The White House kitchen garden is surely home-grown, but it isn't organic, and there aren't any plans for it to be.
Assistant White House Chef Sam Kass, an old friend of President Barack Obama's who oversees the garden, says labeling the crops "organic" isn't the point, even though the White House only uses natural, not synthetic, fertilizers and pesticides.
"To come out and say (organic) is the one and only way, which is how this would be interpreted, doesn't make any sense," Kass said Monday as he walked among the garden's newly planted broccoli, rhubarb, carrots and spinach. "This is not about getting into all that. This is about kids."
Still, it has become a curiosity around the world and part of first lady Michelle Obama's pitch for healthy eating. She is clearly proud of it and she is asked about the garden everywhere she goes, her aides say. Embassies and organizations often call the White House with questions about how they can replicate it.
The kids to whom Kass refers are from local schools and are sometimes invited to the White House to help plant and harvest vegetables as part of Mrs. Obama's campaign to stem childhood obesity. Kass says they often say they don't like certain vegetables — peas, lettuce, spinach — until they eat the fresh veggies they harvested from the garden.
"They've never seen what broccoli looks like or where peas come from," Kass said.
A 'remarkable year' of gardeningLast year, the White House garden produced 55 kinds of fruits and vegetables and 1,000 pounds of food, about half of which went to local charities. Though the crop wasn't large enough to feed guests for state dinners, some of its herbs were used for seasoning.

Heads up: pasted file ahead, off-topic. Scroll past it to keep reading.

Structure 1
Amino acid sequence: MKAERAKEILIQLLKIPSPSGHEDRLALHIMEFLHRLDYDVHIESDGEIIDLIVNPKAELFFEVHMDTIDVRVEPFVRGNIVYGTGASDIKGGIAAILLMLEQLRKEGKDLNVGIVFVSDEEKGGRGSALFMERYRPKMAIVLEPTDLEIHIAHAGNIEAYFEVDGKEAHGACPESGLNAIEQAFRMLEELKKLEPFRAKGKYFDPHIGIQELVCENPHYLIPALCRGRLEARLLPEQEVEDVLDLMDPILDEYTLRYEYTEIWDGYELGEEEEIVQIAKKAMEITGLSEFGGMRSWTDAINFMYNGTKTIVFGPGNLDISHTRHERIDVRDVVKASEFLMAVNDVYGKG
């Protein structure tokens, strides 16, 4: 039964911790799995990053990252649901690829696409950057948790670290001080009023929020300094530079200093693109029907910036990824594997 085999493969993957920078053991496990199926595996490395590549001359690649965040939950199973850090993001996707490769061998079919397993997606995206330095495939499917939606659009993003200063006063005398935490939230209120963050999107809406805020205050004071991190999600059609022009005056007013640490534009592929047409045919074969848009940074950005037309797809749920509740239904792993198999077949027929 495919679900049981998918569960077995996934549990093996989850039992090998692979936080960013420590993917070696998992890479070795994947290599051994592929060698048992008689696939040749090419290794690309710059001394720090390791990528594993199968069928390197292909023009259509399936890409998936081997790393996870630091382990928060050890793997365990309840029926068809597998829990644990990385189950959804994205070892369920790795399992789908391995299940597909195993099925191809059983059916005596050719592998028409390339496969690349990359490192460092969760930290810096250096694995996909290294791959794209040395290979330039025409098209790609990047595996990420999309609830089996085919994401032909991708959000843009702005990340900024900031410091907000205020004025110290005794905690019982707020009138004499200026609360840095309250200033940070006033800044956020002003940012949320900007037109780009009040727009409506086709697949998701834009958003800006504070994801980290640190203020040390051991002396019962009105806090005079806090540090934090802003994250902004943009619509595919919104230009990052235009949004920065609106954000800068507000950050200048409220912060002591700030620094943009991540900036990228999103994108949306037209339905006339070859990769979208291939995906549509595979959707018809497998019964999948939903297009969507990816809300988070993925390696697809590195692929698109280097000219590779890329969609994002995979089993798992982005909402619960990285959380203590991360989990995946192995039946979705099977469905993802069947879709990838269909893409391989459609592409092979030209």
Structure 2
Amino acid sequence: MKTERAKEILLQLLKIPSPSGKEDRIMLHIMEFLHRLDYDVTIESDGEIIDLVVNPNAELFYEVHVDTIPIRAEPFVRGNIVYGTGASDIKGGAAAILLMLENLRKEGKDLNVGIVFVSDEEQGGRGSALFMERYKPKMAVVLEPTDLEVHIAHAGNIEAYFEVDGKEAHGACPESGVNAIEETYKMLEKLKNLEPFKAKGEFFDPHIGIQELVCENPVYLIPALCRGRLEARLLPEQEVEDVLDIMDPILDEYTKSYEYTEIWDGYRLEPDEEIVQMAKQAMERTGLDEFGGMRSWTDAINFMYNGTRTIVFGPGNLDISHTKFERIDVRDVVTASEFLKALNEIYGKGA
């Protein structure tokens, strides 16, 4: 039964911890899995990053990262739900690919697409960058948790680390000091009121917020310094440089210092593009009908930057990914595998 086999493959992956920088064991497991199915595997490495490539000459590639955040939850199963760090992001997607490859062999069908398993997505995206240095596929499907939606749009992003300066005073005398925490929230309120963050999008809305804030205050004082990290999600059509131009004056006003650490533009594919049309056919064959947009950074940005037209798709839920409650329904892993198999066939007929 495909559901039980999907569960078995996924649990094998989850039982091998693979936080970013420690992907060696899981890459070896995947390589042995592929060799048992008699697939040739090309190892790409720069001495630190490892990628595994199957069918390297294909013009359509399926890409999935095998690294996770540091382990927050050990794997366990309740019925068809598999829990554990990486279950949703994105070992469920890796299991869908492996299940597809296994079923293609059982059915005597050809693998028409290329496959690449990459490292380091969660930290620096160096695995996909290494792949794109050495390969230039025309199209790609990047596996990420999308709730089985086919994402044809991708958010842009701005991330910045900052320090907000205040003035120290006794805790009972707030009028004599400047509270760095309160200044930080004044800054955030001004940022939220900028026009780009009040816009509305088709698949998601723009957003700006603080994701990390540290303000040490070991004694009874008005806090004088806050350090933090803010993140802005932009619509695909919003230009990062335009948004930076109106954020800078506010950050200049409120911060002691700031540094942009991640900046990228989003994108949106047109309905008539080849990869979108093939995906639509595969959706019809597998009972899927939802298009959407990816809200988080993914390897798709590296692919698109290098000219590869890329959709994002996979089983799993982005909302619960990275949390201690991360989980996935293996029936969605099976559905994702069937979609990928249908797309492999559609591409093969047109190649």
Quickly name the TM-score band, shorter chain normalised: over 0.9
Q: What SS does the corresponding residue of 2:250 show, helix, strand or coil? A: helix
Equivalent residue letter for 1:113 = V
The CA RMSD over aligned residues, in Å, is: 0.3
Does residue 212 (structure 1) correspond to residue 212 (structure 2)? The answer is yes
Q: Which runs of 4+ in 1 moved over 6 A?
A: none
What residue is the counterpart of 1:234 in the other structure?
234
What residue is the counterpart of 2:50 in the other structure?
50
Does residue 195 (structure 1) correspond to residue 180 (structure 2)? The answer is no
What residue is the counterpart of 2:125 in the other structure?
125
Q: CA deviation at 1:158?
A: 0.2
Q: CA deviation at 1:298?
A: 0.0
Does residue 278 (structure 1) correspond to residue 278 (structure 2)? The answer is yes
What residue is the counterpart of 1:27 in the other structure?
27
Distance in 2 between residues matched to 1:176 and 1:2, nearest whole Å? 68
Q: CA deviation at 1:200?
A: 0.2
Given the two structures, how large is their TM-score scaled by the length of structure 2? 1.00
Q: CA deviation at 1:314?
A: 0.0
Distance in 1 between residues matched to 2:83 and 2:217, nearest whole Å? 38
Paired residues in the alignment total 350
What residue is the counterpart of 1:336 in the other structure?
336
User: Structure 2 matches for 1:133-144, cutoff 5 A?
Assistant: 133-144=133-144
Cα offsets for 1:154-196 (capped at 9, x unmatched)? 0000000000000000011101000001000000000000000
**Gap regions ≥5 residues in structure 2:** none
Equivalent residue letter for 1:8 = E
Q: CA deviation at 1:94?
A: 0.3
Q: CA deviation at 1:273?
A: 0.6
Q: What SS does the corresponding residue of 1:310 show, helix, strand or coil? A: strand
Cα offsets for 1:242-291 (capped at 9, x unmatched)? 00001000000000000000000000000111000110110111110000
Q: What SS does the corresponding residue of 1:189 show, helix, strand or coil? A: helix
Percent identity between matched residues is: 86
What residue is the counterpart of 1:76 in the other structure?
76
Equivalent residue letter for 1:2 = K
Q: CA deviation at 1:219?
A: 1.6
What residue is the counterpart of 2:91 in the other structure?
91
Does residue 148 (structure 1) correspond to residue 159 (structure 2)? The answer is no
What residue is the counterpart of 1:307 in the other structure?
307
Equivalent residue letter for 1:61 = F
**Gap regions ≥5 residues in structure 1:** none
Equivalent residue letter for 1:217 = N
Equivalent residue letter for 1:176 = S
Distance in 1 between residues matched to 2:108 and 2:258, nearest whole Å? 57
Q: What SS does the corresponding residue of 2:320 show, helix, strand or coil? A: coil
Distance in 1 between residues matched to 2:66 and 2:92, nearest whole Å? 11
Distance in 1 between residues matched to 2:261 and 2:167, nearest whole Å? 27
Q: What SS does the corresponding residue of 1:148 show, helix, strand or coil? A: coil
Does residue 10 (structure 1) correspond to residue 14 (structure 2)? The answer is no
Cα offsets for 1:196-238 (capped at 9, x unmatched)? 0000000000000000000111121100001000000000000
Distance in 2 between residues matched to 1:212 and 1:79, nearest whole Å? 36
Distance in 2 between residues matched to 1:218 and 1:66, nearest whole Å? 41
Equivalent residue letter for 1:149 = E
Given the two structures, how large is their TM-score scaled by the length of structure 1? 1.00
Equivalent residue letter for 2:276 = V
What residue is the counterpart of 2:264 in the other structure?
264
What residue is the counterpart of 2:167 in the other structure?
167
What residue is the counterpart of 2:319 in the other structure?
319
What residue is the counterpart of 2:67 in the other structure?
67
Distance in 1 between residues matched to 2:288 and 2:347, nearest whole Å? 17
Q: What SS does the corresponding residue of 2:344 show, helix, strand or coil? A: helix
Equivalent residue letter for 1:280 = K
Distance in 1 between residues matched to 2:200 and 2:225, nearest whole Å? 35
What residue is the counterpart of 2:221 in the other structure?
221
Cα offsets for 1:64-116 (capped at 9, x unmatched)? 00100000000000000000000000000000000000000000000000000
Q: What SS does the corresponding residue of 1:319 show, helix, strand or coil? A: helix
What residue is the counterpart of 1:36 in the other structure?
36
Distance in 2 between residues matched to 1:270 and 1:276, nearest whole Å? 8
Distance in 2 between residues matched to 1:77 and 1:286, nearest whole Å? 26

The patch of lawn includes a bee hive tended by a carpenter who has worked at the White House for more than two decades and tends bees on the side. The hive has produced 134 pounds of honey so far, and Mrs. Obama packaged some of it up as gifts to the spouses of the world leaders who attended the G20 summit in Pittsburgh last year.
The honey also has found its way into the White House kitchen. Presidential chefs have used it for honey cupcakes and honey vinaigrette salad dressing.
The chefs are harvesting the garden year-round. When snowstorms hit Washington earlier this year, Kass and his staff kept the veggies warm by setting up "hoop houses," plastic covers that trap heat from the sun. In early March, the chefs picked lettuce, spinach, turnips, arugula and carrots grown through the winter.
Kass, who cooked for the Obamas in Chicago, says the garden is partly tended by White House volunteers who shed their suits for jeans and come down to the lawn periodically to work in the dirt.
He said there have been very few problems in the garden, save some hungry squirrels who sneaked a few ripe tomatoes and some pumpkins that didn't turn out quite right. It was a "remarkable year," he said.
No chickens on White House lawnThis spring, the garden expanded from 1,100 square feet to 1,500 square feet and features a wide variety — broccoli, rhubarb, carrots, spinach, cauliflower, peas and collard greens. There are even some lettuces grown from seeds and sprouts that originated in Thomas Jefferson's garden.
Coming soon: corn, beans, cantaloupe, pumpkins, leeks and artichokes. Kass says they might even try their hand at pickling some cucumbers and beans for the first family.
Kass and aides to Mrs. Obama won't elaborate on why the garden isn't technically organic.
"What's really powerful about this garden is it shows kids where food comes from," he says. "It's captured attention around the world."
One thing that won't be added to the expanding patch of land? Eggs.
"We are not going to have chickens on the White House lawn," Kass confirmed.